Now let’s review where a cutter might sit on a typical movement chart.  Given its proximity to the slider and gyroball, it will undoubtedly have spiral spin, but less so than a typical slider.  However, it can range from purely vertical lift to a combined vertical and lateral movement. The yellow region below is generally what we consider “cutter territory”.

With pitching everything is pitcher-specific and relative.  So, let’s look at another prominent cutter-baller, Kenley Jansen.  He doesn’t throw many sliders, but his relative movement can be insightful in understanding what could qualify as a cutter vs. a slider.  Here is his movement pattern for his slider and cutter (source: Brooksbaseball.net, catcher view):

As you can see his slider and cutter both break glove-side, with the cutter having a larger vertical rise than the slider.  In his case, the slider actually breaks downwards.  The following is a summary of what we’d like to see and not see.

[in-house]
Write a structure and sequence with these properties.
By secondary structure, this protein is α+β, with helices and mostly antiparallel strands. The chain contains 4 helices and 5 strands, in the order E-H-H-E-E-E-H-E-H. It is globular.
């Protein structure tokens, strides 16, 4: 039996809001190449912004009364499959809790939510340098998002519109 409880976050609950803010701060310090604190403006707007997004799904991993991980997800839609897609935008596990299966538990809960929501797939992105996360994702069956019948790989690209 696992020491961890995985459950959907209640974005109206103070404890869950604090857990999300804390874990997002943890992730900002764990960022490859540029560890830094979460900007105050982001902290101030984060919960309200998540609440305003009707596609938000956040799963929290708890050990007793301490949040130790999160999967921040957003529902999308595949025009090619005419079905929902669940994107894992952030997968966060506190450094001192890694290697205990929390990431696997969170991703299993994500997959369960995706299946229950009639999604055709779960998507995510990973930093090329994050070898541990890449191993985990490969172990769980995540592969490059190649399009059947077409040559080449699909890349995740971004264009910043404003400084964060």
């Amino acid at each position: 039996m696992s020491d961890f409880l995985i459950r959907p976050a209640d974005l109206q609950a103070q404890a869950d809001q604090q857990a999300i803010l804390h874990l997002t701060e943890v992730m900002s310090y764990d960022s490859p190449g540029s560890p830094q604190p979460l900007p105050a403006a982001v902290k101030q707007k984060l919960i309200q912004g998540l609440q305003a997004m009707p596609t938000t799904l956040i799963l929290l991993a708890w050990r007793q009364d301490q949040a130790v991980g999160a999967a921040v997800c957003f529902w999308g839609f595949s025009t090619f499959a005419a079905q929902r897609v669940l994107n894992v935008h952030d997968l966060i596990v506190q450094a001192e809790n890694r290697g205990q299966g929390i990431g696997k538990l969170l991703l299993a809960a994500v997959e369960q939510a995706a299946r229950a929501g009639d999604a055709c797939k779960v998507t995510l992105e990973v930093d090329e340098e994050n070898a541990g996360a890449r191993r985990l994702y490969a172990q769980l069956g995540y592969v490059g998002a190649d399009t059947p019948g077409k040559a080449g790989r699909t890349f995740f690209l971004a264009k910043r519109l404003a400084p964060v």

What we like to see:

    • Spin efficiency north of 35-40% or higher, especially if the pitcher already has a slider
    • Spin axis in the 10:30 – 12:00 o’clock range
    • Velocity drop vs. 4-seam of about 3-6 mph
    • A greater VERTICAL break than HORIZONTAL
    • Glove-side lateral movement
    • Sufficient horizontal separation from both FBs by at least several inches if not more
    • Relatively consistent spin axis from pitch-to-pitch
    • Consistent spin efficiency

What we don’t like to see:

    • Spin efficiency lower than 35% (as it begins to approach a slider)